Creating an agritourism trail and promoting the novelty of farming to outsiders are among suggestions University of Georgia students offered Hart County after touring farms, meeting with local residents and learning about the county’s assets, including its poultry industry.
Working through the Archway Partnership, a public service and outreach unit, 14 service-learning students in the College of Environment and Design spent the fall semester learning about rural preservation and its real-world applications. They focused on Hart County, which sits on the Georgia-South Carolina border and has been a UGA Archway Partnership community since 2008.
The goal of the project was to provide county officials with materials they can use to grow an agritourism industry in northeast Georgia, and for students to gain practical experience in rural preservation. Identifying and mapping local assets to use in attracting tourists was identified as a priority for the Hart County Archway Partnership executive committee.
“For us, it’s about having pride in what agriculture is and how it’s built our county and continues to build it,” said Bill Leard, chair of the Hart County executive committee. “Archway has sort of been a catalyst to help bring these [community] needs to the forefront.”
While touring the community, the students met Jeff Brown, co-owner of JFK Farm. Brown introduced the students to the realities of a working farm while giving the class a tour of one of Hart County’s largest poultry operations. While many of the students had previously never been on a farm, Brown says they provide a valuable insight that he and others in the community wouldn’t normally have.
“The best ideas are going to come from different perspectives,” said Brown, a member of the Hart County Archway Partnership executive committee. “You can’t have a group of individuals get together that come from the same background, same perspective, and try to formulate a plan that’s going to benefit everybody. So these students, coming from the different backgrounds that they do, I think they’re definitely going to be able to help us out with this.”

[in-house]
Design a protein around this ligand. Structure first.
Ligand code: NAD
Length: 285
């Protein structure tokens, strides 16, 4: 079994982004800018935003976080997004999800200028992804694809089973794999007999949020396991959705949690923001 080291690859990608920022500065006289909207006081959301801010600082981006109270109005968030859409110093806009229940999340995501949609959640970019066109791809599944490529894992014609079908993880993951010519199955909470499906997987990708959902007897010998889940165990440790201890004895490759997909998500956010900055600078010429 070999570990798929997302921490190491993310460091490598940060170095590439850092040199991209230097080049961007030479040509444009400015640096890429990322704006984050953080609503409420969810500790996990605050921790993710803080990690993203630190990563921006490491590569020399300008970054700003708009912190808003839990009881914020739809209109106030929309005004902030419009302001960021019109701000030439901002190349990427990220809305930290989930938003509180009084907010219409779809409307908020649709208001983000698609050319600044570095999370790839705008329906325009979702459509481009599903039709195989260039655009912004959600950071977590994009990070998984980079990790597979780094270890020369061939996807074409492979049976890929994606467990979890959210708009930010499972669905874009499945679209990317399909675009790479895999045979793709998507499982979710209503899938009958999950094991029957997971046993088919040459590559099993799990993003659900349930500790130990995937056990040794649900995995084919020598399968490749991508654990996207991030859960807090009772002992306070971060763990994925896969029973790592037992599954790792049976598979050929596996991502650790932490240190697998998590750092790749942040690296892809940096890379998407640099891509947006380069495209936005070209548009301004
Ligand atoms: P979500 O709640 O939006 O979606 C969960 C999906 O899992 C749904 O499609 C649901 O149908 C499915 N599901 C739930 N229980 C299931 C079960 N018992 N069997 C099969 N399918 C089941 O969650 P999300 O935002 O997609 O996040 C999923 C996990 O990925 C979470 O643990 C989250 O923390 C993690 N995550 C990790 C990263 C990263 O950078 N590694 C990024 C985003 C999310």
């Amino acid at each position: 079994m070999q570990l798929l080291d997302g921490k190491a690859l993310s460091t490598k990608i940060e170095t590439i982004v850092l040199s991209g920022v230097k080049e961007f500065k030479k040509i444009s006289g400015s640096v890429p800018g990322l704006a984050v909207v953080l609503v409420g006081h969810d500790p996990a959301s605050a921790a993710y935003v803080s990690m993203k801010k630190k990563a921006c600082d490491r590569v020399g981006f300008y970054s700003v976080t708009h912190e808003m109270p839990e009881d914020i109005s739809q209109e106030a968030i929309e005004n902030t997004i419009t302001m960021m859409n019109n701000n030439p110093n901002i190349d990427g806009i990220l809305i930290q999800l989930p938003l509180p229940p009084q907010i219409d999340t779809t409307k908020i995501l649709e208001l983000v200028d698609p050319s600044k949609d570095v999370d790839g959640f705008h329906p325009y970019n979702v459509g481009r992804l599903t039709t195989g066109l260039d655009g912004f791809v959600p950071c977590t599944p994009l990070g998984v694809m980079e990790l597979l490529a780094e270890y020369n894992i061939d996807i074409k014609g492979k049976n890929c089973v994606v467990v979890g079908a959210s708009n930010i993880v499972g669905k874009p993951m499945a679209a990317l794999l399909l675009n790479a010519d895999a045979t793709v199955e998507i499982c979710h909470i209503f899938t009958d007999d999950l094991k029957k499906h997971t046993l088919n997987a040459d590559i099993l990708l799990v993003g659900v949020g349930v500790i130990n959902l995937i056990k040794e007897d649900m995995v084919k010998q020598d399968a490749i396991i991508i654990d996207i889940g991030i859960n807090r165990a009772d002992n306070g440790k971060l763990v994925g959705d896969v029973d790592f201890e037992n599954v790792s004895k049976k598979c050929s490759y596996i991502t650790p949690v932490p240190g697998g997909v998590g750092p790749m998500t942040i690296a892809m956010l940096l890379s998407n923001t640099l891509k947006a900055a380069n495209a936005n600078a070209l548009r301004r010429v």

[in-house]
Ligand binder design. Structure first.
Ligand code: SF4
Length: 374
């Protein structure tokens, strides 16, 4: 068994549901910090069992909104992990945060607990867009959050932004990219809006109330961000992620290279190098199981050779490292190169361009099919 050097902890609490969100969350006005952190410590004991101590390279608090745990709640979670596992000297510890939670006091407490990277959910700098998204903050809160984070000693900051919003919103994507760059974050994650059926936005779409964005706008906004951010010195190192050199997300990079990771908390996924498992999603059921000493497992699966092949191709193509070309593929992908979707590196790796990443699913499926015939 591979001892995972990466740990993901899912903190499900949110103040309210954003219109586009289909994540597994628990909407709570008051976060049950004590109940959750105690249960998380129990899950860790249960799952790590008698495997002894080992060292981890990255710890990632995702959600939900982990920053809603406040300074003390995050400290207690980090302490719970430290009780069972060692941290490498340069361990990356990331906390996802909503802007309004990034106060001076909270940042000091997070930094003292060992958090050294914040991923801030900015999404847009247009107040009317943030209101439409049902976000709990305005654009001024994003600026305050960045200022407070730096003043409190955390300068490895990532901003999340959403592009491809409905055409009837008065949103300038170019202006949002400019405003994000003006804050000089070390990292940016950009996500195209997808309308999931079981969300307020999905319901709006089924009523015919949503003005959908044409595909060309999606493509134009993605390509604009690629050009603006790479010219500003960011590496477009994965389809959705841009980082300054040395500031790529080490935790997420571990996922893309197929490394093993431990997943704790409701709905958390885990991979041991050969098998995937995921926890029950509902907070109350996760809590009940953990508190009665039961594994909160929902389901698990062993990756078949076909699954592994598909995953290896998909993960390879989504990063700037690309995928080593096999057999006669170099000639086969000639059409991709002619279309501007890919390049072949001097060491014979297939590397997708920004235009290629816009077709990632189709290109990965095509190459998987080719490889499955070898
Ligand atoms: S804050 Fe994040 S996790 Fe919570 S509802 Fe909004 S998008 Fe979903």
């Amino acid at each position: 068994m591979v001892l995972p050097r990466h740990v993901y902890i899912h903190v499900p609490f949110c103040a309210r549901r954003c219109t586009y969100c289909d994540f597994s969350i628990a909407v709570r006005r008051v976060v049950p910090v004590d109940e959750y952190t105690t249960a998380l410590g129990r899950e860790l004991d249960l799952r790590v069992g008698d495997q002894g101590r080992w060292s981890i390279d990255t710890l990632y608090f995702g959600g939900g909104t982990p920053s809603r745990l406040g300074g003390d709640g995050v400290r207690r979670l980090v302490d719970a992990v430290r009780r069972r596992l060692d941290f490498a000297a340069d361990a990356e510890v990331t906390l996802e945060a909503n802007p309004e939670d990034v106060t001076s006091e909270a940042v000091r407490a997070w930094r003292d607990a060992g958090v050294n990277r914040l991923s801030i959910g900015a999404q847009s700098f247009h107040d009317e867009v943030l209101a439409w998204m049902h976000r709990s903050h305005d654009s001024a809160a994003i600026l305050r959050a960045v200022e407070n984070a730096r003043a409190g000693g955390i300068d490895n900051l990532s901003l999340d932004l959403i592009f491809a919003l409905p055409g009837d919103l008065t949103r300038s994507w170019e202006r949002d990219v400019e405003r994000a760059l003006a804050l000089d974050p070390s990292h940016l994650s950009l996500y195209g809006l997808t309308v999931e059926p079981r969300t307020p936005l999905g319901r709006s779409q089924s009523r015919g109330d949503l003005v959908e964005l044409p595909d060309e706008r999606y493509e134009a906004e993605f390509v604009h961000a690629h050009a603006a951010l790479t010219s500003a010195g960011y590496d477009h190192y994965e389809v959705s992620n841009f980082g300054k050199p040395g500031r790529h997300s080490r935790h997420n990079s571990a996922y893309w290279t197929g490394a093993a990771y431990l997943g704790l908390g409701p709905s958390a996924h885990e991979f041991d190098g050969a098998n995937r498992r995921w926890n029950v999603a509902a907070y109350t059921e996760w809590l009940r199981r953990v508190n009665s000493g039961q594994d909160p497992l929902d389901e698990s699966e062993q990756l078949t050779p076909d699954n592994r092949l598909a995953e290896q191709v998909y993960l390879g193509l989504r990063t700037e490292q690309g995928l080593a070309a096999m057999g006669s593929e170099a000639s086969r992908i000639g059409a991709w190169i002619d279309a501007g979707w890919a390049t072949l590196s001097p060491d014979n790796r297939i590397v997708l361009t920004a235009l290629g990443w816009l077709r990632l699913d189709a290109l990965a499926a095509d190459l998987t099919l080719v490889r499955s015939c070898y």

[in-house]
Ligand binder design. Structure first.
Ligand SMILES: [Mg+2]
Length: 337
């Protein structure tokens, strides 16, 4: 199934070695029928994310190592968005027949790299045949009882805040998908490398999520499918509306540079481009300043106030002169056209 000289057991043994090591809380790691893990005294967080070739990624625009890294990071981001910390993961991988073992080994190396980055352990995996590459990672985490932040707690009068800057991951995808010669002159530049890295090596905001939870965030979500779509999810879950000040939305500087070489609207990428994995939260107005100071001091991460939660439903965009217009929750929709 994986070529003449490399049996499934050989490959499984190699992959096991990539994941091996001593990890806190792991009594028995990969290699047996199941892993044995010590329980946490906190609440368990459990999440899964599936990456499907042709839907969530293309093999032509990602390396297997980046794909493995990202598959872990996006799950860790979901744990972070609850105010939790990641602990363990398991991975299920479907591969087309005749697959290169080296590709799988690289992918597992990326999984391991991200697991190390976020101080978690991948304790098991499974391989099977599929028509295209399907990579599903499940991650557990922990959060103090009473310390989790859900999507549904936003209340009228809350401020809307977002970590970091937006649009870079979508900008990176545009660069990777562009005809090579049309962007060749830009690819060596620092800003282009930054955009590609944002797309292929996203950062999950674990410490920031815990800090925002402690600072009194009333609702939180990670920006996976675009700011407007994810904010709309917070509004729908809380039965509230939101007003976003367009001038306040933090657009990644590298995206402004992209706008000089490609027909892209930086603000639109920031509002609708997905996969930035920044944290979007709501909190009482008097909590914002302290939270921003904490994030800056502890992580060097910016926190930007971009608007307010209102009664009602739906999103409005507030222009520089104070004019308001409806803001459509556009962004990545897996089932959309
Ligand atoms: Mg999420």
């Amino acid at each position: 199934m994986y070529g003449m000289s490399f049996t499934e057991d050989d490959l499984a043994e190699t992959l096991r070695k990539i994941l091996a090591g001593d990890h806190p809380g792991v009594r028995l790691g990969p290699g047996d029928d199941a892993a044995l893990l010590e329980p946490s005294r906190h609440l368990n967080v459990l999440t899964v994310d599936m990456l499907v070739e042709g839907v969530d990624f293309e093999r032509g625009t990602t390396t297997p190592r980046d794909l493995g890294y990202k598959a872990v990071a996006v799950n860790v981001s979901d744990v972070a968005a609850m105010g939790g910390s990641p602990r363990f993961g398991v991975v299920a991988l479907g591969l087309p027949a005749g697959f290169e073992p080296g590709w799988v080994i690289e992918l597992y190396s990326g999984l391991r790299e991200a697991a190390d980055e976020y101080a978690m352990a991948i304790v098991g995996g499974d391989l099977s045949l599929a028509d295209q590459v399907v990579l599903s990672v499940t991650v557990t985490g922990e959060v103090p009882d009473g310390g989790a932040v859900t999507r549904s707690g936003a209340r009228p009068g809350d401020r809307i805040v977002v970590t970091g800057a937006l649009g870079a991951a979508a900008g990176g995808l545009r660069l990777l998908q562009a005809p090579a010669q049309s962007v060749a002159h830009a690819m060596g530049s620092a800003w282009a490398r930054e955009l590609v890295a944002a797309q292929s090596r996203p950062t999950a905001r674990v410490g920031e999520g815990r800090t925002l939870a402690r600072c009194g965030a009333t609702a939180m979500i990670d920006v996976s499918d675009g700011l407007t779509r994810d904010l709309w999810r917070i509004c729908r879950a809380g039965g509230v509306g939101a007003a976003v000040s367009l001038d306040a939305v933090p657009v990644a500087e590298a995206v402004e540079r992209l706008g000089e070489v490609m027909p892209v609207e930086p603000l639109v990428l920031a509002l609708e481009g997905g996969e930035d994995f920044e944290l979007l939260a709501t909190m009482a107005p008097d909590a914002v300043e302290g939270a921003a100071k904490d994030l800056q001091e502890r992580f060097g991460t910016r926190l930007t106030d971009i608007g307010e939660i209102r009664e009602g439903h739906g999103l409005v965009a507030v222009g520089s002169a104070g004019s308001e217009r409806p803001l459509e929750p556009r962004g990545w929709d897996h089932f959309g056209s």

For the students, traveling to Hart County and meeting with community leaders provided an opportunity to put their classroom instruction into practice.
“There’s a tangible aspect [to being in the field] that can’t be made up for in the classroom, so it’s really neat to have days like this,” said Olivia Stroud, a graduate student in historic preservation from Macon. “I’m excited to explore the agritourism side. I feel like that’s something that if you did not grow up in farm country then all of this is so novel and there’s a big opportunity to market that to people.”
For the course’s final project, the students developed proposals to enhance natural and cultural tourism—a tri-county fair, an agribusiness incubator and an agritourism trail to run throughout the county—capitalizing on the area’s robust agriculture industry that ranks among the largest in the state.
CED associate professor Cari Goetcheus said she chose Hart County for the students to study because it is a UGA Archway Partnership community, and civic and business leaders there are already familiar with UGA resources. Archway Professionals, who are UGA employees, live in the community and serve as a conduit between it and the university.
“A lot of times I end up going to communities where they don’t know what to do, they don’t know how to do it,” Goetcheus said. “So we end up doing what little we can, but here I think that we actually give back a lot more because they have the network and infrastructure to allow us to do the work.”
That existing infrastructure is the result of a decade-long relationship between UGA and Hart County, a relationship that leaves a lasting impression on the residents of the Georgia community.
“The community members in Hart County want to work with faculty and students because they really enjoy and value being a part of the UGA learning experience,” said Rob Gordon, director of the Archway Partnership. “Often it’s difficult for a community to understand what it means when they hear that UGA has a land-grant mission. But when they are able to see and work side-by-side with faculty and students in their community, they know that the University of Georgia is there to help them address their most pressing challenges.”